Alzheimer’s drugs from Eli Lilly & Co. and Roche Holding AG were selected for a long-term study that, if successful, may lead to the treatments being used as a deterrent for people with a family history of the disease.
The experimental medicines will be tested in 160 people with a mutation that guarantees they will develop Alzheimer’s at an early age, perhaps as young as 30, the Washington University at St. Louis said in a statement today. There is no known cure for the disease.
If the trial is successful, it may lead to those drugs being widely used for people who have a family history of the condition. Lilly’s solanezumab slowed the decline in some patients with mild Alzheimer’s disease and provided no benefit to more advanced patients, Indianapolis-based Lilly announced in August. On Oct. 8, an independent group of scientists confirmed the findings.
“Trying to prevent Alzheimer’s symptoms from ever occurring is a new strategy,” said John C. Morris, principal investigator of the observational portion of the project and a professor of neurology at the university, in today’s statement. That will be the goal of the research, he said. Randall Bateman, a professor of neurology, is the head of the treatment study.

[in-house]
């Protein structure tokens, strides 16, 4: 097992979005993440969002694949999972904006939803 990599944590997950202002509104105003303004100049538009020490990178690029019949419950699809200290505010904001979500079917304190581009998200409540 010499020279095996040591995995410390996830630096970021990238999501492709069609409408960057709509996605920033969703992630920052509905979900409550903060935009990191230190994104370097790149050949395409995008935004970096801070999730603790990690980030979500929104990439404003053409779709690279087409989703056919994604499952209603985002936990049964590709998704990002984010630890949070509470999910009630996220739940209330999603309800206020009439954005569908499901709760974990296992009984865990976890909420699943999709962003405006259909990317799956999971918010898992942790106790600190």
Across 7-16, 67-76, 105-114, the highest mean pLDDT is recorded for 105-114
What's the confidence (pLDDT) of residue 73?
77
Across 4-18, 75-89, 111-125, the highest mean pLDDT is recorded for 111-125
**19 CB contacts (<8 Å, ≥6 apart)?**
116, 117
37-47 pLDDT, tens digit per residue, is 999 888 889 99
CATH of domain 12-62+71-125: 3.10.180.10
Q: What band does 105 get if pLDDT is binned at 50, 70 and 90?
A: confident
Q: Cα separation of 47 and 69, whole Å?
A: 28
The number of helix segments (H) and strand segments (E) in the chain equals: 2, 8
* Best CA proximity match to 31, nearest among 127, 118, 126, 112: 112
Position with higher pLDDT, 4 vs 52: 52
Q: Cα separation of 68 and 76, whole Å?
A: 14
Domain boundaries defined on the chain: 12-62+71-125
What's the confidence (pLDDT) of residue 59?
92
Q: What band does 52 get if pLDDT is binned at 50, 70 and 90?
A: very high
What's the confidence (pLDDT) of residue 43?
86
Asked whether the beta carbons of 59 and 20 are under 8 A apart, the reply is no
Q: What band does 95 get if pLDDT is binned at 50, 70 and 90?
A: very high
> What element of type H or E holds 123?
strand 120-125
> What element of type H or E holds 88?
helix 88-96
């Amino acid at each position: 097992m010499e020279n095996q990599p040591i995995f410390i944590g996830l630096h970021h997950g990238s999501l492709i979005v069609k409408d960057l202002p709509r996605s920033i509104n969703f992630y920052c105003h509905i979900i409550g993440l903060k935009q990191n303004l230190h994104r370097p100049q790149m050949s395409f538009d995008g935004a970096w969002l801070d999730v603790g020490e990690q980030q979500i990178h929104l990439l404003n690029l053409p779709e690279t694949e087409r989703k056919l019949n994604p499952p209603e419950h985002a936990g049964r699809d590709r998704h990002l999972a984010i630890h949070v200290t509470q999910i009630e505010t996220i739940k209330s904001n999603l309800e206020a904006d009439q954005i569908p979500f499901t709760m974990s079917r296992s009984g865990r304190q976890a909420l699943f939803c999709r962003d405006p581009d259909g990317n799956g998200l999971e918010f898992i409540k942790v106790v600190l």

More than 5 million Americans have Alzheimer’s, which is the most-common type of dementia, according to the Alzheimer’s Association. Global dementia cases are expected to double within 20 years to as many as 65.7 million people, the Geneva-based World Health Organization said in April.
Leads to Death
The disease leads to progressive memory loss over the course of years, and eventually ends in death.
Lilly declined 3.1 percent to $50.23 at the close of New York trading.
Roche, based in Basel, Switzerland, and Lilly agreed to make their treatments available for the study at no cost, and will support the trial with grants, the university said. Another $4.2 million has been given to the investigation from the Alzheimer’s Association, an advocacy group based in Chicago.
The trial will be conducted by the university’s unit of the Dominantly Inherited Alzheimer’s Network, or DIAN, which is an international group of scientists who are studying rare genetic mutations that cause the disease. The information gathered in these patients may enable better treatment for all dementia patients.
Roche’s gantenerumab binds to clumps of beta amyloid, a protein thought to cause the disease. The drug is thought to help remove the clumps from the brain, and is in a mid-to-late stage company trial that started in 2010. Solanezumab removes the beta amyloid before it forms plaques.
Another Lilly drug, called a beta secretase inhibitor, is in testing by the company and may be included in the university research as well, according to today’s statement. That drug is thought to work by reducing the amount of beta amyloid produced in the brain.
The trial, which may start early next year, will test the medicines in inherited early-onset Alzheimer’s patients. The researchers will see if the treatments can prevent the loss of brain function.